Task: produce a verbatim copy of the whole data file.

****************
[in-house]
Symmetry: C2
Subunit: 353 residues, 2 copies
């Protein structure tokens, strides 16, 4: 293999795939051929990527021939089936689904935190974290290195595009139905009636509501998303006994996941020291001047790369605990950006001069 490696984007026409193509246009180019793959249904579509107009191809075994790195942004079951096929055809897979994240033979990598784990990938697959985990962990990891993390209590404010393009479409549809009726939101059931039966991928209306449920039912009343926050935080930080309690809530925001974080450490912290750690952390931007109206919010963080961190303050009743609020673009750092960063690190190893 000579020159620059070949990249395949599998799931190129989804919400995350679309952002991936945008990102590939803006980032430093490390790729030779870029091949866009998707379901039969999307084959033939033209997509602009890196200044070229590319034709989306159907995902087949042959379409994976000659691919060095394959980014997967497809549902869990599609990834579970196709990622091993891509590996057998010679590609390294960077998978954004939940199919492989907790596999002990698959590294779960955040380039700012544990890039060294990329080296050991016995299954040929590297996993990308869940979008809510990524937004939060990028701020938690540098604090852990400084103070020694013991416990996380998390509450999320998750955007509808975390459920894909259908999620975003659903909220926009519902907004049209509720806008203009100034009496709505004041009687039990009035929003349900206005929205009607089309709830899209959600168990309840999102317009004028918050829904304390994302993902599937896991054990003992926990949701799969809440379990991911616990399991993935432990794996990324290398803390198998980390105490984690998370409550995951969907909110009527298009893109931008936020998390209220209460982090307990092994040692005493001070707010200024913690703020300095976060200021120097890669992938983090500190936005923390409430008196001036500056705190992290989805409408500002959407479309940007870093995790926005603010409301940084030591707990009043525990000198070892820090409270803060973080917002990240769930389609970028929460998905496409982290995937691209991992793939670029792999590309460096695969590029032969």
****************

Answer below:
[in-house]
Symmetry: C2
Subunit: 353 residues, 2 copies
């Protein structure tokens, strides 16, 4: 293999795939051929990527021939089936689904935190974290290195595009139905009636509501998303006994996941020291001047790369605990950006001069 490696984007026409193509246009180019793959249904579509107009191809075994790195942004079951096929055809897979994240033979990598784990990938697959985990962990990891993390209590404010393009479409549809009726939101059931039966991928209306449920039912009343926050935080930080309690809530925001974080450490912290750690952390931007109206919010963080961190303050009743609020673009750092960063690190190893 000579020159620059070949990249395949599998799931190129989804919400995350679309952002991936945008990102590939803006980032430093490390790729030779870029091949866009998707379901039969999307084959033939033209997509602009890196200044070229590319034709989306159907995902087949042959379409994976000659691919060095394959980014997967497809549902869990599609990834579970196709990622091993891509590996057998010679590609390294960077998978954004939940199919492989907790596999002990698959590294779960955040380039700012544990890039060294990329080296050991016995299954040929590297996993990308869940979008809510990524937004939060990028701020938690540098604090852990400084103070020694013991416990996380998390509450999320998750955007509808975390459920894909259908999620975003659903909220926009519902907004049209509720806008203009100034009496709505004041009687039990009035929003349900206005929205009607089309709830899209959600168990309840999102317009004028918050829904304390994302993902599937896991054990003992926990949701799969809440379990991911616990399991993935432990794996990324290398803390198998980390105490984690998370409550995951969907909110009527298009893109931008936020998390209220209460982090307990092994040692005493001070707010200024913690703020300095976060200021120097890669992938983090500190936005923390409430008196001036500056705190992290989805409408500002959407479309940007870093995790926005603010409301940084030591707990009043525990000198070892820090409270803060973080917002990240769930389609970028929460998905496409982290995937691209991992793939670029792999590309460096695969590029032969």